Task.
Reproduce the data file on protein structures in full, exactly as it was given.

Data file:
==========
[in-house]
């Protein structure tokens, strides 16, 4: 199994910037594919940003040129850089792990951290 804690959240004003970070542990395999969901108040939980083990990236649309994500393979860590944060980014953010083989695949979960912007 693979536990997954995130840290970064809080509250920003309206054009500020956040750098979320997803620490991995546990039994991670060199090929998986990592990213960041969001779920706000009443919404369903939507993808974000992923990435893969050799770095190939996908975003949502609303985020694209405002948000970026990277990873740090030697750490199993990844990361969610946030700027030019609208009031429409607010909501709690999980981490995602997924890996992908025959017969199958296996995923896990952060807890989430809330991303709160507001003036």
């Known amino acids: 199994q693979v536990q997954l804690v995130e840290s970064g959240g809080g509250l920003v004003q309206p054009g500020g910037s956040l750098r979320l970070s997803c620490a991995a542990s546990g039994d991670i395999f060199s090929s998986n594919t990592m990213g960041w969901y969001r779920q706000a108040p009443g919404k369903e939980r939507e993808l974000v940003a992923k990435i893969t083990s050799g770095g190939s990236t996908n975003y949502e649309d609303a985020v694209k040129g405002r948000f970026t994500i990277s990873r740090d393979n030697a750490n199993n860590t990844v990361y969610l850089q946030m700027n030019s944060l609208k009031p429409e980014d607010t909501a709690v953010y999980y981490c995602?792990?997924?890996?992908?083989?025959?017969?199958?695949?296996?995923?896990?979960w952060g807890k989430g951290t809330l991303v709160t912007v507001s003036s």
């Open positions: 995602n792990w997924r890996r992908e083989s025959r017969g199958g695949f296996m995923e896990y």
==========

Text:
[in-house]
């Protein structure tokens, strides 16, 4: 199994910037594919940003040129850089792990951290 804690959240004003970070542990395999969901108040939980083990990236649309994500393979860590944060980014953010083989695949979960912007 693979536990997954995130840290970064809080509250920003309206054009500020956040750098979320997803620490991995546990039994991670060199090929998986990592990213960041969001779920706000009443919404369903939507993808974000992923990435893969050799770095190939996908975003949502609303985020694209405002948000970026990277990873740090030697750490199993990844990361969610946030700027030019609208009031429409607010909501709690999980981490995602997924890996992908025959017969199958296996995923896990952060807890989430809330991303709160507001003036």
């Known amino acids: 199994q693979v536990q997954l804690v995130e840290s970064g959240g809080g509250l920003v004003q309206p054009g500020g910037s956040l750098r979320l970070s997803c620490a991995a542990s546990g039994d991670i395999f060199s090929s998986n594919t990592m990213g960041w969901y969001r779920q706000a108040p009443g919404k369903e939980r939507e993808l974000v940003a992923k990435i893969t083990s050799g770095g190939s990236t996908n975003y949502e649309d609303a985020v694209k040129g405002r948000f970026t994500i990277s990873r740090d393979n030697a750490n199993n860590t990844v990361y969610l850089q946030m700027n030019s944060l609208k009031p429409e980014d607010t909501a709690v953010y999980y981490c995602?792990?997924?890996?992908?083989?025959?017969?199958?695949?296996?995923?896990?979960w952060g807890k989430g951290t809330l991303v709160t912007v507001s003036s």
């Open positions: 995602n792990w997924r890996r992908e083989s025959r017969g199958g695949f296996m995923e896990y």